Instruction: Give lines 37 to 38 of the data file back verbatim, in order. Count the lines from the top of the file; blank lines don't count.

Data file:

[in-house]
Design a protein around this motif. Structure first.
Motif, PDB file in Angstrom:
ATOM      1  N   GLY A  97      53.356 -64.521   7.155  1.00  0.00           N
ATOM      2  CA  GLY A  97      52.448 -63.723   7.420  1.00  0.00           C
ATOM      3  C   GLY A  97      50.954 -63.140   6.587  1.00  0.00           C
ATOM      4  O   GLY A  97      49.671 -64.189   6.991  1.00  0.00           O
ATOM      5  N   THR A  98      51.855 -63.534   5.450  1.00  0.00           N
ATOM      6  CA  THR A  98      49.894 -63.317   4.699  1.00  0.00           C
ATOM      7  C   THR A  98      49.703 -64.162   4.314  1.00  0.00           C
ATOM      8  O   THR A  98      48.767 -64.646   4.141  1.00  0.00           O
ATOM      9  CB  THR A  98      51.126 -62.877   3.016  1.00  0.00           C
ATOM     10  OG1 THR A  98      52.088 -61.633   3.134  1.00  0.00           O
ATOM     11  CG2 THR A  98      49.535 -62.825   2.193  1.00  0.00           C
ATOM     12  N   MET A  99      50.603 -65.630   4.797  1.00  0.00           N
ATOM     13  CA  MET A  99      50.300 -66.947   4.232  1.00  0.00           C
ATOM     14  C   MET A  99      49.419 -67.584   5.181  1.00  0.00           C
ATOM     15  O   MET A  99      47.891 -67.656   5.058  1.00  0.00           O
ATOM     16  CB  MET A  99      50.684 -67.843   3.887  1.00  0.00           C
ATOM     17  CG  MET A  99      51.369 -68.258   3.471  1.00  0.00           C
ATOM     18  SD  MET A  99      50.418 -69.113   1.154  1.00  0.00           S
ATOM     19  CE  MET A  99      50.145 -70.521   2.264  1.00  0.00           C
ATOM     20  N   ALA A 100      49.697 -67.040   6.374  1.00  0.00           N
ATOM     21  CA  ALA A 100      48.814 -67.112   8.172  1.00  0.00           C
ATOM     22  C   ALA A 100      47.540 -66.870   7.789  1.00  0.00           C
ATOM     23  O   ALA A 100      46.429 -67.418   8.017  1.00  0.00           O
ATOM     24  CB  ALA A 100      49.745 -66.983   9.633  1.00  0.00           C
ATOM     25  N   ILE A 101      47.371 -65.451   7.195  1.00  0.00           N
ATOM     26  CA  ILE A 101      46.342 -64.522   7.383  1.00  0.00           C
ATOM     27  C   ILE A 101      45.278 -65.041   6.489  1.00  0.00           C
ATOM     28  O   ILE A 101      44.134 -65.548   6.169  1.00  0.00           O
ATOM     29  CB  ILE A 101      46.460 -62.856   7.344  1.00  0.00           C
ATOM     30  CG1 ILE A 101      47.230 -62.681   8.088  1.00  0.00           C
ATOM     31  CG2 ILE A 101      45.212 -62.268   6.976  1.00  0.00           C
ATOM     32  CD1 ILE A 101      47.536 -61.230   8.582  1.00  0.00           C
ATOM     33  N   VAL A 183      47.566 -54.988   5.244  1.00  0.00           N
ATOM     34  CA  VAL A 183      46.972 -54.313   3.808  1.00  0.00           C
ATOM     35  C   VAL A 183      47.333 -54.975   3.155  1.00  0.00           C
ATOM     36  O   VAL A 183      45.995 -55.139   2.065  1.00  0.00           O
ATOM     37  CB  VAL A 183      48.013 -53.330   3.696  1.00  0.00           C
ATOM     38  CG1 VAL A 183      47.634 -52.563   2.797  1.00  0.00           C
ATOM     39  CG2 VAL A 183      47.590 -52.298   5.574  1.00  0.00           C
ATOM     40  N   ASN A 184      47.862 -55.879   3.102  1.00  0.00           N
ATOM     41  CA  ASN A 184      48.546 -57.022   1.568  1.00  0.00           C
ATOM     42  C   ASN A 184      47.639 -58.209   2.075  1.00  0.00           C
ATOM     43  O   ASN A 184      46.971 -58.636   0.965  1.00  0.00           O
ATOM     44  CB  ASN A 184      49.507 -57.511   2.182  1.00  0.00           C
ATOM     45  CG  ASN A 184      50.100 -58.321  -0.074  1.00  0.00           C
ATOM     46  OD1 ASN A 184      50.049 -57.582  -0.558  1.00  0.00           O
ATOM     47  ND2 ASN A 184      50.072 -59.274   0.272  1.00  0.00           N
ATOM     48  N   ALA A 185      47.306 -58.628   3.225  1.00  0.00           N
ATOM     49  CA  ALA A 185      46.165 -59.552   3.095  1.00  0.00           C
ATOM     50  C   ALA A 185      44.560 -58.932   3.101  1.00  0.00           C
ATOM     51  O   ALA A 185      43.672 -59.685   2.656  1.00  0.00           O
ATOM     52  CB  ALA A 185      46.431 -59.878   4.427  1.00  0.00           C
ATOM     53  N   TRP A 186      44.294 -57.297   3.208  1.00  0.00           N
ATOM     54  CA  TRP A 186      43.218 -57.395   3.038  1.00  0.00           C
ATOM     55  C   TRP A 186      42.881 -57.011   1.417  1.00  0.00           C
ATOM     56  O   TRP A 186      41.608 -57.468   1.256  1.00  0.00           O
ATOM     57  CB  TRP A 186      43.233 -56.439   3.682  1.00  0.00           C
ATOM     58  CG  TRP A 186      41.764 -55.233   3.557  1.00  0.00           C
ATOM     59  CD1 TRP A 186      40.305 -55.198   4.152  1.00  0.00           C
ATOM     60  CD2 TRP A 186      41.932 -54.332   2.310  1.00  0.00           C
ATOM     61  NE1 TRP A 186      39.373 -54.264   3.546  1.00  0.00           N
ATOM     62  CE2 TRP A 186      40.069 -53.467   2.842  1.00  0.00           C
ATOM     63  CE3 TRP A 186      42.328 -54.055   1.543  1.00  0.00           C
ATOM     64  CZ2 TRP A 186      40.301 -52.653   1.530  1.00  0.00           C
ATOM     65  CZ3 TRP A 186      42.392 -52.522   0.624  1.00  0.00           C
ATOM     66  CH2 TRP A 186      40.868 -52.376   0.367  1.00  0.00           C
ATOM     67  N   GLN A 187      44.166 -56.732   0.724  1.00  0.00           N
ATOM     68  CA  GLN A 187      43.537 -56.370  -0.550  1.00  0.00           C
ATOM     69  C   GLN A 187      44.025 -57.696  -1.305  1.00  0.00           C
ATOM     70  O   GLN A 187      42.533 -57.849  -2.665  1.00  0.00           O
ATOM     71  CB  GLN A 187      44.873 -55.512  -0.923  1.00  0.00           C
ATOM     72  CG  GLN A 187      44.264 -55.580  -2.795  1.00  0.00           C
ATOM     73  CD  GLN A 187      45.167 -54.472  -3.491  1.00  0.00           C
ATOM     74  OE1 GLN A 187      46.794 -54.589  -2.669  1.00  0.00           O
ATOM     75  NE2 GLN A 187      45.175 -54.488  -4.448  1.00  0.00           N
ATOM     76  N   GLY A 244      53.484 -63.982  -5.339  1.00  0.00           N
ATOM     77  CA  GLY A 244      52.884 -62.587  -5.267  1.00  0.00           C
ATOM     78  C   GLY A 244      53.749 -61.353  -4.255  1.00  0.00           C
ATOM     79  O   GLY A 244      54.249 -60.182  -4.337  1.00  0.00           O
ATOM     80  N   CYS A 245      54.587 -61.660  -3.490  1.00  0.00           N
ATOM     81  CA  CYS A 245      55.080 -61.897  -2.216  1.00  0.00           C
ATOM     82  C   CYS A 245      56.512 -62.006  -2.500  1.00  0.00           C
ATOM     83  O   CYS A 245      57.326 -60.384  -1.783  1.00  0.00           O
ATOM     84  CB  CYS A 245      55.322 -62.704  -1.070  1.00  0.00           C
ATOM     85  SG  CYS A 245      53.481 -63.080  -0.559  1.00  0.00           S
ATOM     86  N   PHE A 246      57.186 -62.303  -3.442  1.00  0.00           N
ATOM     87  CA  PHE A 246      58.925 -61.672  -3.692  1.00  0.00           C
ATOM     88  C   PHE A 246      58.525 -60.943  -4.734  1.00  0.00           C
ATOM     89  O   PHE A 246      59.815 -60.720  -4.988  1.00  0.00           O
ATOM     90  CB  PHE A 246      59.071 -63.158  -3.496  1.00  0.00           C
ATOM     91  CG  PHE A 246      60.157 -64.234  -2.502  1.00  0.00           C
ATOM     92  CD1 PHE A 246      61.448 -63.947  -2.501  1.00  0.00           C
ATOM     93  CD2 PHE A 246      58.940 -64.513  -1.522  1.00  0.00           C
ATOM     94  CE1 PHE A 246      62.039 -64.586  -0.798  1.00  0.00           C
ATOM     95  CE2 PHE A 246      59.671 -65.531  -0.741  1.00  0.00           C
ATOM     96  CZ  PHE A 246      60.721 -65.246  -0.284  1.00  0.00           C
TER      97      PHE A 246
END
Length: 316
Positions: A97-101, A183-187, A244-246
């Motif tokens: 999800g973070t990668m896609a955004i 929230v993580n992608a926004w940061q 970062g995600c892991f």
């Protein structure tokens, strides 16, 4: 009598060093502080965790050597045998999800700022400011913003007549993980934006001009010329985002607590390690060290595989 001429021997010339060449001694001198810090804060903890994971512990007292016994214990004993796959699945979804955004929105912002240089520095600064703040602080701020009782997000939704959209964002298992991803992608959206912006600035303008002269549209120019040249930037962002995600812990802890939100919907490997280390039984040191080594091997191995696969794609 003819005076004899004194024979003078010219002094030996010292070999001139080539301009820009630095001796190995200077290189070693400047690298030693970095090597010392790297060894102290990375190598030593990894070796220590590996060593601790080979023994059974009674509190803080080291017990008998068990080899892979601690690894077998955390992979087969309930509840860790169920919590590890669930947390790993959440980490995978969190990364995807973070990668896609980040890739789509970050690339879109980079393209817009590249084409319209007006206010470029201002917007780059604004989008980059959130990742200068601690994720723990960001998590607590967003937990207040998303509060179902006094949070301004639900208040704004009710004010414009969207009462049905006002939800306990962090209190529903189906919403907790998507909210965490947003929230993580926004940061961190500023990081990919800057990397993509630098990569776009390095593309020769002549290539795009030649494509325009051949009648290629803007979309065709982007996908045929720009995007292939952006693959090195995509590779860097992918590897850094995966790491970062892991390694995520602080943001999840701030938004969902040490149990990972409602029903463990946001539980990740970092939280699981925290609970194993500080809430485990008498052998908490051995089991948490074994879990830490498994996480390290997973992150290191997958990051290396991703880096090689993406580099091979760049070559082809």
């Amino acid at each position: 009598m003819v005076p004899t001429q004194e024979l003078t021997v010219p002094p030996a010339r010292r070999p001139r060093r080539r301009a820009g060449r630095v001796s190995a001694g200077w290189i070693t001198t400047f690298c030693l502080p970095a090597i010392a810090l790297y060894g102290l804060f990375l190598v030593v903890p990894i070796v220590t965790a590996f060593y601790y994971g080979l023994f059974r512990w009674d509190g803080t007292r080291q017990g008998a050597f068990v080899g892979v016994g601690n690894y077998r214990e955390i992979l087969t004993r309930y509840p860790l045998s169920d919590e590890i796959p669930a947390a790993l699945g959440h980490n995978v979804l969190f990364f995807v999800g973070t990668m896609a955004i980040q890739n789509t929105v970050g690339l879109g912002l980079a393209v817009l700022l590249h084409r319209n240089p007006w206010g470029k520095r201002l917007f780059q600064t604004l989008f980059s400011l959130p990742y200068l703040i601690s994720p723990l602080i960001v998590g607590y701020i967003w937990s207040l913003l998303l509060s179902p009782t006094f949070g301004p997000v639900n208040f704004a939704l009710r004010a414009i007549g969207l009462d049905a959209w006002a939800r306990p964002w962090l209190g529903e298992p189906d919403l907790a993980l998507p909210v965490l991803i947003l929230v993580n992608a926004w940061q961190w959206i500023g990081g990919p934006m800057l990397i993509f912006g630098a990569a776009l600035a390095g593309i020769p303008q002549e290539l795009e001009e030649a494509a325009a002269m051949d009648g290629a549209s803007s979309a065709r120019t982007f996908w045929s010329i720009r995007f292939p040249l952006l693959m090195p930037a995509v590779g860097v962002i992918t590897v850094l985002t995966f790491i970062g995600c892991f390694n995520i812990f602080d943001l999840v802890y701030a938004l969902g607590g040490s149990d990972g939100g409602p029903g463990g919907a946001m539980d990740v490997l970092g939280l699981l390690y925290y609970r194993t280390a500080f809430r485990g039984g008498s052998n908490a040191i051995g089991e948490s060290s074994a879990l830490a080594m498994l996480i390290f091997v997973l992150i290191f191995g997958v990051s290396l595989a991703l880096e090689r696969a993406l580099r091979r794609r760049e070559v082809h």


ATOM     34  CA  VAL A 183      46.972 -54.313   3.808  1.00  0.00           C
ATOM     35  C   VAL A 183      47.333 -54.975   3.155  1.00  0.00           C